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Recycling Indus try Yearbook

Institute of Scrap Recycling Industries, Inc.

10

How Is Scrap Transported?

The three most common modes of U.S. domestic scrap

transport are by truck, rail, and barge, in addition to intermodal

shipments that use more than one mode. Each mode of

shipment has its own costs and

benefits.

While shipping via trucks can be

a high per-unit cost option, trucks

are a significant mode of domestic

transport for scrap, especially for

intra-regional scrap flows. Shipment

by rail can be a less costly option

per ton than trucking, and railcars

have a greater tonnage capacity

than trucks, although during times of tight railcar availability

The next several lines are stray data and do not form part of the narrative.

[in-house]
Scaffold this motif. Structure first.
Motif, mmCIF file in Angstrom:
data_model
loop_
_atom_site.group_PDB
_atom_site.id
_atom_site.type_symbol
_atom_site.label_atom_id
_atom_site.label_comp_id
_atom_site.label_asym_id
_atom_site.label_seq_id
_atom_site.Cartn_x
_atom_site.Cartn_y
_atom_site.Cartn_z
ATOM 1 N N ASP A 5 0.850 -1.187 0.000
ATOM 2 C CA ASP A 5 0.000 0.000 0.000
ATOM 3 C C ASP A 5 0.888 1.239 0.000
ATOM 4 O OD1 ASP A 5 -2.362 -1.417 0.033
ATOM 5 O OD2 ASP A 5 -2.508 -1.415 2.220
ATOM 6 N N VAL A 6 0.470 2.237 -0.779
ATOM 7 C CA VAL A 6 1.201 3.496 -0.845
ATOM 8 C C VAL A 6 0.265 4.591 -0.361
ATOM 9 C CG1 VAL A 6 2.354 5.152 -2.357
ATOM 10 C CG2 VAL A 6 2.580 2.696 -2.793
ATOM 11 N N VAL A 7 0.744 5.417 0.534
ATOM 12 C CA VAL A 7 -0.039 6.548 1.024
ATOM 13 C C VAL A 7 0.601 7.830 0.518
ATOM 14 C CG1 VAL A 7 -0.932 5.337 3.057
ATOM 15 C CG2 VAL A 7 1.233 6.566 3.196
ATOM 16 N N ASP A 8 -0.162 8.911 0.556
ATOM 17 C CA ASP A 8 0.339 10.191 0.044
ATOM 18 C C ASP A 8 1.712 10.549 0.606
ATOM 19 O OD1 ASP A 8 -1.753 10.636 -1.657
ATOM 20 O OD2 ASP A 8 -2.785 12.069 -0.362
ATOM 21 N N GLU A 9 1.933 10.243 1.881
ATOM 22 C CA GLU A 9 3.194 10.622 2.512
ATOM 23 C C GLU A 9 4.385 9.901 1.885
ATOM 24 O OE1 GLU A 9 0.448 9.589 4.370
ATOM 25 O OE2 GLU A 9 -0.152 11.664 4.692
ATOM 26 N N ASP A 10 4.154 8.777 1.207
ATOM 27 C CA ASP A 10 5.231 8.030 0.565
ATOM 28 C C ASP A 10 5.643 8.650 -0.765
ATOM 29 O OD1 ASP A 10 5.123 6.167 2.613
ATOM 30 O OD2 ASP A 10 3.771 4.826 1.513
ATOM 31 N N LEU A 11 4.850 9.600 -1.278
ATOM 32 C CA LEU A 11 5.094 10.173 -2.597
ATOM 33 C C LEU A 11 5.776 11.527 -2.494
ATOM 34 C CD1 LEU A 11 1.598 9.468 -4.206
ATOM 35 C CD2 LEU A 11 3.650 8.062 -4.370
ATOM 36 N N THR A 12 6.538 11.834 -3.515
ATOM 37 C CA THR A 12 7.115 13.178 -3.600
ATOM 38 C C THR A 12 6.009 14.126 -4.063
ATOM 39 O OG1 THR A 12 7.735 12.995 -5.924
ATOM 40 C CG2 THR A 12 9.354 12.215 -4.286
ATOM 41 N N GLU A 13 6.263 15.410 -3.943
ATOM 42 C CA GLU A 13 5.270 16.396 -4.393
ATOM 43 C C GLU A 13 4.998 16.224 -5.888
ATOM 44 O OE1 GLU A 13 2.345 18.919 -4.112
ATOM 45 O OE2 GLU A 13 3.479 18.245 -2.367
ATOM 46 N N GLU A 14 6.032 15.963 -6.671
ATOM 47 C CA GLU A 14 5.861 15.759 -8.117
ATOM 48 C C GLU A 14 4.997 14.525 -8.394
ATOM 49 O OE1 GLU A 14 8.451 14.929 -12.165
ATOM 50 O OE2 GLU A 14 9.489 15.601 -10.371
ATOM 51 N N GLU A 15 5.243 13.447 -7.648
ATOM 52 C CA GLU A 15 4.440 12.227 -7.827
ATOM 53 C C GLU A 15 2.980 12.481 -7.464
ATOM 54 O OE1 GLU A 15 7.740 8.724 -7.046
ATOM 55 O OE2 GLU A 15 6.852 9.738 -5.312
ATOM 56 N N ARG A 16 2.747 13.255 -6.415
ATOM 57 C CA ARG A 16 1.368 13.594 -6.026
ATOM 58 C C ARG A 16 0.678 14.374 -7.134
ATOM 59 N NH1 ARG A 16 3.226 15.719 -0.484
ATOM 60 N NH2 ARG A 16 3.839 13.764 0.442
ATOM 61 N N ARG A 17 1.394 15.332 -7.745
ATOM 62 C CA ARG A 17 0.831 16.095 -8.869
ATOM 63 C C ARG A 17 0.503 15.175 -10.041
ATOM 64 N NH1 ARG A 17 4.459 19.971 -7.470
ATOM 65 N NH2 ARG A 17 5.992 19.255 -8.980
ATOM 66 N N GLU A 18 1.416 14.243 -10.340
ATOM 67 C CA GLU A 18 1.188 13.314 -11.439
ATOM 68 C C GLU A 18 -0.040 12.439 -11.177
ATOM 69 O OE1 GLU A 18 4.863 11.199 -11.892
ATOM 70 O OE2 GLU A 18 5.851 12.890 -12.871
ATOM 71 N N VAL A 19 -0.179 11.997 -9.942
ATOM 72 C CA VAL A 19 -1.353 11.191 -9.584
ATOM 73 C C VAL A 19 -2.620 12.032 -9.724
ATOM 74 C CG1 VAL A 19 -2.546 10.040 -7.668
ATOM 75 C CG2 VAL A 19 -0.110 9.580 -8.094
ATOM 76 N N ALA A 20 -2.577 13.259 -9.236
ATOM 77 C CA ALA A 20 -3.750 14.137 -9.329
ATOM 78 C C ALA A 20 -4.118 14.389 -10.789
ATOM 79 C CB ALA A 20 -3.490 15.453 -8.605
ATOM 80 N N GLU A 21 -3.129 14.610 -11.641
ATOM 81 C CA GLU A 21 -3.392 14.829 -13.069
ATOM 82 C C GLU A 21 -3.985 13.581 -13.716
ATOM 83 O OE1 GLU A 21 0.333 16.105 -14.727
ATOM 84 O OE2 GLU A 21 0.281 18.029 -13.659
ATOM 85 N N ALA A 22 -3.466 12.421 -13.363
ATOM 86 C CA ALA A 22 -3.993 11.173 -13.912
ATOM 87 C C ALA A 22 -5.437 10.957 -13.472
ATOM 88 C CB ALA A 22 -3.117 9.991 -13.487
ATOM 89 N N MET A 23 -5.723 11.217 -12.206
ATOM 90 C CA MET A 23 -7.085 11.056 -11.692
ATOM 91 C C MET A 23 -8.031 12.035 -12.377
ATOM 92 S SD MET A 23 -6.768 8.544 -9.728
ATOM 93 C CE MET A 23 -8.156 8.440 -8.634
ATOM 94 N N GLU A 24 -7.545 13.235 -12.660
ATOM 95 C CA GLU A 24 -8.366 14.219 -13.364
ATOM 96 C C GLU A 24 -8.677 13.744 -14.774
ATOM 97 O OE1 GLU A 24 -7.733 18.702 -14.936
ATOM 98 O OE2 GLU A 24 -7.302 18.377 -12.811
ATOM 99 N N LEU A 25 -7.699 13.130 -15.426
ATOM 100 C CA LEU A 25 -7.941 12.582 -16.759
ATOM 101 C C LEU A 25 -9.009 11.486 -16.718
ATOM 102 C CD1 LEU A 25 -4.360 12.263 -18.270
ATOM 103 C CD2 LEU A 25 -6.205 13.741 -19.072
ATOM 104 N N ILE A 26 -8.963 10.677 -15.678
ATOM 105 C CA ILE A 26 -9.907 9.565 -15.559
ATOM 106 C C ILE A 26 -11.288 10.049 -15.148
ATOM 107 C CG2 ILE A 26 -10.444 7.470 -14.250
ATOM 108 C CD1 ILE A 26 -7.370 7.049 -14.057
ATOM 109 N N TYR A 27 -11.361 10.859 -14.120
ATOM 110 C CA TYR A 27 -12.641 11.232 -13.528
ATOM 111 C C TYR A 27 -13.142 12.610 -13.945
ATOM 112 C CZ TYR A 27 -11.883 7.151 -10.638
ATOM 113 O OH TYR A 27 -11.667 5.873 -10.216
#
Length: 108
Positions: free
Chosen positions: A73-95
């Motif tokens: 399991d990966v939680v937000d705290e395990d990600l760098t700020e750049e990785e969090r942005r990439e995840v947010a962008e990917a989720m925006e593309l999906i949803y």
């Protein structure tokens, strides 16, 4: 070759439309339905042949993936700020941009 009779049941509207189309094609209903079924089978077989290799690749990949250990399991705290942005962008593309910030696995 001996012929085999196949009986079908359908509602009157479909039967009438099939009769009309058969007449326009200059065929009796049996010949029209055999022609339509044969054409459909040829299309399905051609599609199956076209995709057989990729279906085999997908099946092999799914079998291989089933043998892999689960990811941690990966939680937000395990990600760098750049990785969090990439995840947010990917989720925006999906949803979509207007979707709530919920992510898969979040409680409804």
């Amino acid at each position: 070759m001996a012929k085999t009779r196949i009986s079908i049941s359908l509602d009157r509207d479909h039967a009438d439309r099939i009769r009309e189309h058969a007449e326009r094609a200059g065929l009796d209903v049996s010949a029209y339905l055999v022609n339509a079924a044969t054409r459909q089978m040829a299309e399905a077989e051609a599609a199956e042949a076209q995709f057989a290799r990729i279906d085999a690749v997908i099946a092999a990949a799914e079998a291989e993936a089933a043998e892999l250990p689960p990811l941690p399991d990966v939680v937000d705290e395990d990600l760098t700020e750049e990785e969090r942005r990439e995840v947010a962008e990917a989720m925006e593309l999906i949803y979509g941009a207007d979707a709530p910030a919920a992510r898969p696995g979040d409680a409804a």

this mode of transport can be less predictable. In the United

States, according to figures from the Association of American

Railroads, more than 39 million tons of scrap and waste

materials originated on Class I railroads in 2016.

Barges and domestic waterborne shipments are a third major

mode of transport for

scrap. While adverse

weather conditions can

significantly impact barge

traffic, barges are often

the lowest-cost option on

a per-unit basis.

The containerization of

scrap shipments opened overseas markets to a much wider

range of U.S. scrap processors, although a large portion of U.S.

scrap exports are still shipped as bulk (unpackaged) cargo. In

2016, the United States exported 37 million metric tons of

scrap around the world. According to preliminary data from

the United Nations Comtrade database, more than 160 million

tons of scrap valued at more than $70 billion were exported

globally in 2016.